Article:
Counsellor Nivedita Singh answers your queries about relationships, family, school and life

Body Shaming

“Recently due to exam stress I gained 4-5 kilos and after that the way I felt about my body changed. I became too conscious while wearing the clothes that I normally would. I felt very awkward; I started feeling that all of my friends are secretly judging my weight. How do I get my confidence back and remove the Body shaming that I am inflicting upon myself?”

“I’m too fat … not tall enough … I don’t like my hair … my nose is too long … if only my legs were longer and arms slimmer …”!! Does this sound familiar? If so, you’re not alone. As a teenager, you’re going through lots of changes in your body, and, as your body changes, so does your image of yourself.

Add to this the stress and pressure of preparing for exams. Lifestyle becomes more sedentary and calorie intake goes up. Hormone, anxiety, less sleep and low exercise are the hallmarks of students’ life today. Stress hormones are programmed to store fat in us. While studying, we tend to reach out for comfort food to address stress, which make us sluggish, slows down our metabolism, affects our memory, thereby causing further stress. This becomes a self-perpetuating cycle. An important disclaimer here is, that contrary to popular belief, sleep deficit does not make us burn calories but is a powerful factor influencing weight gain.

Students and teens across the globe are experiencing most of what you have shared. A few things for you to flag and remember are as follows.

Body shaming, whether inflicted by self or others is a form of abuse. You have got to stop engaging in it. Allowing your confidence levels and self-esteem to ride on your physical attributes is extremely common, but again, not to be indulged in. Yes, it can and does hurt when friends make fun or pass snide remarks, but it helps to remember that overcoming it is in your hands. Self-esteem comes from doing things that are challenging for us. Now that exams are over, take charge of yourself. Decrease sugary beverages, do portion control, limit fast food, make healthier food choices, increase physical activity and decrease screen time. Aerobic exercise will decrease the stress hormone (cortisol) and trigger release of chemicals that not only speed up metabolism but will also improve mood.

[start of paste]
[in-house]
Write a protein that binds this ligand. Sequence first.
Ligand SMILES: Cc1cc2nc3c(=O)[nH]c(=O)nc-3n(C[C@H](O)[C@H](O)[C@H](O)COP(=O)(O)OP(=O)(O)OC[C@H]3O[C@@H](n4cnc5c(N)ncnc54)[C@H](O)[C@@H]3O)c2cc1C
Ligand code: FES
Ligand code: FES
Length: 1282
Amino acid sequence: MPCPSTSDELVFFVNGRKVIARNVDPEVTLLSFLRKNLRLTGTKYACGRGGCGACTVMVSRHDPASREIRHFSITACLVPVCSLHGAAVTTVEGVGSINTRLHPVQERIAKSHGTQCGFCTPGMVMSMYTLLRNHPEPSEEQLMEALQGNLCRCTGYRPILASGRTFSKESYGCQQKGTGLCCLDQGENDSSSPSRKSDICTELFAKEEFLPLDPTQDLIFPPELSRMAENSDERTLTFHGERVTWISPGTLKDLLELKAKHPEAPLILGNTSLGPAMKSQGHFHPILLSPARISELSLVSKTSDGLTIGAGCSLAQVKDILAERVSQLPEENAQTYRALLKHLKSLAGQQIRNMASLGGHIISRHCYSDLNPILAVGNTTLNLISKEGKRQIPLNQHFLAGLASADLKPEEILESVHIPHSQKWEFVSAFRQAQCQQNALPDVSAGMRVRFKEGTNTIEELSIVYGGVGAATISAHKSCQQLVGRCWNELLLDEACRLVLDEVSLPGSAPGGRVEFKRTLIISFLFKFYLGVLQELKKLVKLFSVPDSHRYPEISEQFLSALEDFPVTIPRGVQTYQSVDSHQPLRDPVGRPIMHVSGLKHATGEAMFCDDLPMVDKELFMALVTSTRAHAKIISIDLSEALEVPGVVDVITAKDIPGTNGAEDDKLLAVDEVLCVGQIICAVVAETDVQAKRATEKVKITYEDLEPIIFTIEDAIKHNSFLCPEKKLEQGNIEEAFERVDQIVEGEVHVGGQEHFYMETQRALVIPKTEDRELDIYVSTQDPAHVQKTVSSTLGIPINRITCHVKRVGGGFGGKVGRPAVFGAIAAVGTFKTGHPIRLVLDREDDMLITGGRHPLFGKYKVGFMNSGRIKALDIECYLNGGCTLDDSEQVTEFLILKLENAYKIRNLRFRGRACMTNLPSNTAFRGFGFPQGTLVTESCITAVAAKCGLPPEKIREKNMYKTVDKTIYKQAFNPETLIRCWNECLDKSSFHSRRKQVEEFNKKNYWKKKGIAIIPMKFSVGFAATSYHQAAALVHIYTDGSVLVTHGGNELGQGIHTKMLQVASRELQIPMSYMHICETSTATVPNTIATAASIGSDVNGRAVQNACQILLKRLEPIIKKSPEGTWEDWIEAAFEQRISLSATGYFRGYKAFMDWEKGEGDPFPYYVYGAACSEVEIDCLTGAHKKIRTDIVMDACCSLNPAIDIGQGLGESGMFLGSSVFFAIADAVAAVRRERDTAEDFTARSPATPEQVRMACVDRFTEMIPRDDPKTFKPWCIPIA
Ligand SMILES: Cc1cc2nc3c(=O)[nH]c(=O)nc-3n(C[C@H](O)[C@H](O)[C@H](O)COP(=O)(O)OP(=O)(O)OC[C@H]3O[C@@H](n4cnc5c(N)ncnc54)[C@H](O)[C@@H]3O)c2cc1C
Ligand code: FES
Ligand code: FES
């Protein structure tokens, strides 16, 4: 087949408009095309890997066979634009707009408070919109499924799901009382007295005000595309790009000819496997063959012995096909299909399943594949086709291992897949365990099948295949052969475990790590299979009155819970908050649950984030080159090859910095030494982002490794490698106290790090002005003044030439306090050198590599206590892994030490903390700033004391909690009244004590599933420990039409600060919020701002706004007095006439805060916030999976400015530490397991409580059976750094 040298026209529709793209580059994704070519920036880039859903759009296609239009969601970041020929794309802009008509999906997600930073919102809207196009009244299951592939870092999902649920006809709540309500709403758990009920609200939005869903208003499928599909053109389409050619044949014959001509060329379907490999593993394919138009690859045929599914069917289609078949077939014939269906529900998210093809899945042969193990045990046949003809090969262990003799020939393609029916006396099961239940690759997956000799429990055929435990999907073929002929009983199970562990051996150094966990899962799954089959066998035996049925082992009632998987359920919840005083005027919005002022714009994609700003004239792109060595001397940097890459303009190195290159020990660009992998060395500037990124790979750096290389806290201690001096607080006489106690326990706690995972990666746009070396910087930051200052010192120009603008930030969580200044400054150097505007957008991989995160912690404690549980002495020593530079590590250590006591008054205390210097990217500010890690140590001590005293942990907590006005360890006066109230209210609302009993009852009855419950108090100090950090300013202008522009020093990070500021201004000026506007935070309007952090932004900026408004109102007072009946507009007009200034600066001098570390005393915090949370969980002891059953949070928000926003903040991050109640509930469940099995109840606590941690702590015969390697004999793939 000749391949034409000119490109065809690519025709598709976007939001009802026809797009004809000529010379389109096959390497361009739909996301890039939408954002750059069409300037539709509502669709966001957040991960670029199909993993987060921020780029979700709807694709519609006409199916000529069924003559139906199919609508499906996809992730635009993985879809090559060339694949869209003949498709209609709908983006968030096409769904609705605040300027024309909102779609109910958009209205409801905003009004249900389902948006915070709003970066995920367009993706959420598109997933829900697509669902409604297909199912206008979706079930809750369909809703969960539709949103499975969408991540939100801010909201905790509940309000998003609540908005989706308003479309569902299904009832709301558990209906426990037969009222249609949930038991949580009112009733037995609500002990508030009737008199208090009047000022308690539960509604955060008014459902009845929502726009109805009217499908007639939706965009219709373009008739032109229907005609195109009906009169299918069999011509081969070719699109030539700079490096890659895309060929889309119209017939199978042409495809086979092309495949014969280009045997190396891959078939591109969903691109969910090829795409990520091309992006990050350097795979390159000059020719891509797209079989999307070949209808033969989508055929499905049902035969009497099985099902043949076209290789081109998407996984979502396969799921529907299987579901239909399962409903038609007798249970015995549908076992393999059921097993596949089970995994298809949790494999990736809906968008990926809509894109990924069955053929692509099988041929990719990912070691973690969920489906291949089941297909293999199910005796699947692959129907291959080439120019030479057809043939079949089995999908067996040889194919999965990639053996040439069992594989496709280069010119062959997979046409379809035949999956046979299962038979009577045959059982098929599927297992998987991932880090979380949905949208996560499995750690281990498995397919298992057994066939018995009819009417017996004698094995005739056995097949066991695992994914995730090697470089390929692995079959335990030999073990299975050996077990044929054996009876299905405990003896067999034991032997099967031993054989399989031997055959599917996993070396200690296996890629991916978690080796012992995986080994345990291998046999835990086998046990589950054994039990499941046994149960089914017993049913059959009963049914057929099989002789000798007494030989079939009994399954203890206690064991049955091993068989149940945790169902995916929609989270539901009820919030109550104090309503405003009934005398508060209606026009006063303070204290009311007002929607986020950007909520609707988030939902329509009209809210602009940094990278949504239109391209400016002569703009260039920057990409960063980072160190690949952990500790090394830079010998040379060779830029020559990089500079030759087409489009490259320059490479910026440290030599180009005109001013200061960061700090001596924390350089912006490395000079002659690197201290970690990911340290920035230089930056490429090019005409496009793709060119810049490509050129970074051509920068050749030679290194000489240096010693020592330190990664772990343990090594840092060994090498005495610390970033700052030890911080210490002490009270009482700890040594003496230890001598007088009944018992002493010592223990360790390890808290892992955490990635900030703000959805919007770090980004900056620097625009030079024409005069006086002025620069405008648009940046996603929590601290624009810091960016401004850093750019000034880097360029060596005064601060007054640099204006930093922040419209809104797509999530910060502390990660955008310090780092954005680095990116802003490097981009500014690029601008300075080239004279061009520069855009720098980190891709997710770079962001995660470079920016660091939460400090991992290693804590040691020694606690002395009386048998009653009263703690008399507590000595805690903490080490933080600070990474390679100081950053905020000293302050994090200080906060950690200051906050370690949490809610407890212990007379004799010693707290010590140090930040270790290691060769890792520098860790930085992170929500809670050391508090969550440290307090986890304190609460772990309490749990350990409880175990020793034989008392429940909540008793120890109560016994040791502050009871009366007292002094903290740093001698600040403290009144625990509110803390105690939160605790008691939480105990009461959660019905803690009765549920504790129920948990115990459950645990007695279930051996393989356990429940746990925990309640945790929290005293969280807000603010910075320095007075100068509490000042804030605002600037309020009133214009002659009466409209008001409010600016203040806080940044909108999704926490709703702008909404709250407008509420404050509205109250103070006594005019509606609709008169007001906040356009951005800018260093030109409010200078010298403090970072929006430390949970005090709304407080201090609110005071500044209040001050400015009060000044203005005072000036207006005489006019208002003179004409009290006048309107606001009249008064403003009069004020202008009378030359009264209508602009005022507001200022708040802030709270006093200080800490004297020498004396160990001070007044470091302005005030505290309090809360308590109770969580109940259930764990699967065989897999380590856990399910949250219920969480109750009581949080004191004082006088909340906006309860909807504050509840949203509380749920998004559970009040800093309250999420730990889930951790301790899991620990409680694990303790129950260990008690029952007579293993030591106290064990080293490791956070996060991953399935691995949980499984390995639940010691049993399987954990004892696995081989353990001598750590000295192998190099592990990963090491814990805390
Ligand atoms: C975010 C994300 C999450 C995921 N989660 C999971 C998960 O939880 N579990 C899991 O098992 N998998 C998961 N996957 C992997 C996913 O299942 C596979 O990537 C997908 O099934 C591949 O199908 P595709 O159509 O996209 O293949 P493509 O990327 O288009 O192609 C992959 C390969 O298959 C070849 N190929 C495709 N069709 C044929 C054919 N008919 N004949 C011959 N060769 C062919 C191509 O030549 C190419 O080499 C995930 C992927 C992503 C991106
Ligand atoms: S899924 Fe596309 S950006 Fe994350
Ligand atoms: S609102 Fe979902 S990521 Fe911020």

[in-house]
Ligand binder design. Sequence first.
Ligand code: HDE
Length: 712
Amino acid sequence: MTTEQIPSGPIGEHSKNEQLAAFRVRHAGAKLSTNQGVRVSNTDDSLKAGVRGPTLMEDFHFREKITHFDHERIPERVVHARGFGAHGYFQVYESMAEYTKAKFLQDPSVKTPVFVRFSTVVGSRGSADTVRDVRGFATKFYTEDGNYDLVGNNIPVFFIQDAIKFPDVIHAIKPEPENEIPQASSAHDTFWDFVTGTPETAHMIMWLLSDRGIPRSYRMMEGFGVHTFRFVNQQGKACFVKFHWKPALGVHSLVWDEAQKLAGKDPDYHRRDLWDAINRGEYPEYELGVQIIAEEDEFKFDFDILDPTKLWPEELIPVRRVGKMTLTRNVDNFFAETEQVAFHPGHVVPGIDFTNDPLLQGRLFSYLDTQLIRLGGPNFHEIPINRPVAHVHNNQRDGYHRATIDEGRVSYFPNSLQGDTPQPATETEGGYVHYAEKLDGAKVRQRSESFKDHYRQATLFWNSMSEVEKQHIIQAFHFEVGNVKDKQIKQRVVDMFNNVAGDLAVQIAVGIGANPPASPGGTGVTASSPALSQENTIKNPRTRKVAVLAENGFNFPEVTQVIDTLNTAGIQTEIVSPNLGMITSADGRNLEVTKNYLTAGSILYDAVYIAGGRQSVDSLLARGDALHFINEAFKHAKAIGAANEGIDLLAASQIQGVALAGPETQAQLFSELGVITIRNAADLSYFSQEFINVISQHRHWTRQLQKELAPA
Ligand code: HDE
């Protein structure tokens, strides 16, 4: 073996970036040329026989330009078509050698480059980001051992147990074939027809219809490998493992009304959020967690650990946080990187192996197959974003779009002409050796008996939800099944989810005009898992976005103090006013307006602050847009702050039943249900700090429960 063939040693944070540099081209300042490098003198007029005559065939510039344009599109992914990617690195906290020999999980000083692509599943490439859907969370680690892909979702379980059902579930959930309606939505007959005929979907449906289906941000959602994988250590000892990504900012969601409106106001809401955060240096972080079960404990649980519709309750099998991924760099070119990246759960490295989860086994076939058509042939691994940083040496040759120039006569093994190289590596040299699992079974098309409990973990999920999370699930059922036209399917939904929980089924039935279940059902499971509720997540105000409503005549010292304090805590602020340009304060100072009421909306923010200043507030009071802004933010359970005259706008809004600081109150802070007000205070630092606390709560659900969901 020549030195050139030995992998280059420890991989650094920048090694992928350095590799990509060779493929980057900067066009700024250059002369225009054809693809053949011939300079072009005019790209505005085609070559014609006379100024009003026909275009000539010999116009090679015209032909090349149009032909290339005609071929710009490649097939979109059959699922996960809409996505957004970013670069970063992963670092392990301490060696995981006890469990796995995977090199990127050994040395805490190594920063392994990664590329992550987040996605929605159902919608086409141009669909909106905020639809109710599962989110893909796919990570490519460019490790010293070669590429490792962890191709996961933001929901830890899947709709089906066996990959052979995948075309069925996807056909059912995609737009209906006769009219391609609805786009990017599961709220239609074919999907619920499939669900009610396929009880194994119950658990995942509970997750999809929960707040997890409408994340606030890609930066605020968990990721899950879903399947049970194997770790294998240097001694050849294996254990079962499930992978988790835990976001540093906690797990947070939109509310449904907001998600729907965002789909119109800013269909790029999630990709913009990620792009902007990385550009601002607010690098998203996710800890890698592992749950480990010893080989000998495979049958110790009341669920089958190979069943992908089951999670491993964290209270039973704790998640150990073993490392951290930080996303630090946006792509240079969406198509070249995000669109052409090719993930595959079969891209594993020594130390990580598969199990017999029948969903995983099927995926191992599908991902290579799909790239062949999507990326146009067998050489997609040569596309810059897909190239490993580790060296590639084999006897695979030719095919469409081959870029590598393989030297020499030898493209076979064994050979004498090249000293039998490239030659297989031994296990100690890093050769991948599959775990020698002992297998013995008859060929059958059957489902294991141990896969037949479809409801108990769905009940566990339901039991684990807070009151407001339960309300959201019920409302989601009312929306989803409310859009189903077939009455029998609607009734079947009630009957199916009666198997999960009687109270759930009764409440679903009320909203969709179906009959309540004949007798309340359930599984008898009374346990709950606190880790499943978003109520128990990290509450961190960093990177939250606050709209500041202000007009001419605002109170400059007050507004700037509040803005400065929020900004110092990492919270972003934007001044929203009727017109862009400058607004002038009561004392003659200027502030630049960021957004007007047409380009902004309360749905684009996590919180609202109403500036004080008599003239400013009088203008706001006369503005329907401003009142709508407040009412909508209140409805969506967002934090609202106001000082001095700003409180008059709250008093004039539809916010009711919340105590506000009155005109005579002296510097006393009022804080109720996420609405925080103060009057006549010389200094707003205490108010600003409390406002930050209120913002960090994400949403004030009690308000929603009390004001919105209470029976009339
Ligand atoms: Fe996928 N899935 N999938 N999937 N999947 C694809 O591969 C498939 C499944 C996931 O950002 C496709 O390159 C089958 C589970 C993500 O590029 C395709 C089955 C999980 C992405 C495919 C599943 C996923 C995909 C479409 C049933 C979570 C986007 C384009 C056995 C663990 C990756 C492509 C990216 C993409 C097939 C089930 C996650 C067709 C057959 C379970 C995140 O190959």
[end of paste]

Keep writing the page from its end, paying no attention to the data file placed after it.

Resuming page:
A word of caution.

Look around you, all human beings (even the most perfect-seeming celebrity) are imperfect. It’s what makes each of us unique and original! Everyone has things that they can’t change and need to accept. If there are things about yourself that you want to change and can, do this by making realistic and achievable goals for yourself. One sees today’s youth stuck into a food and body preoccupation, repeated cycles of weight loss and regain, distraction from other personal health goals and obsessive dieting and/or exercising. It’s a trap you need to be aware of and not get sucked into. Learn mindful eating. Eat with awareness. Engage in lifestyle modification with regular and consistent exercise. Be optimistic but also rational and realistic.

April-2016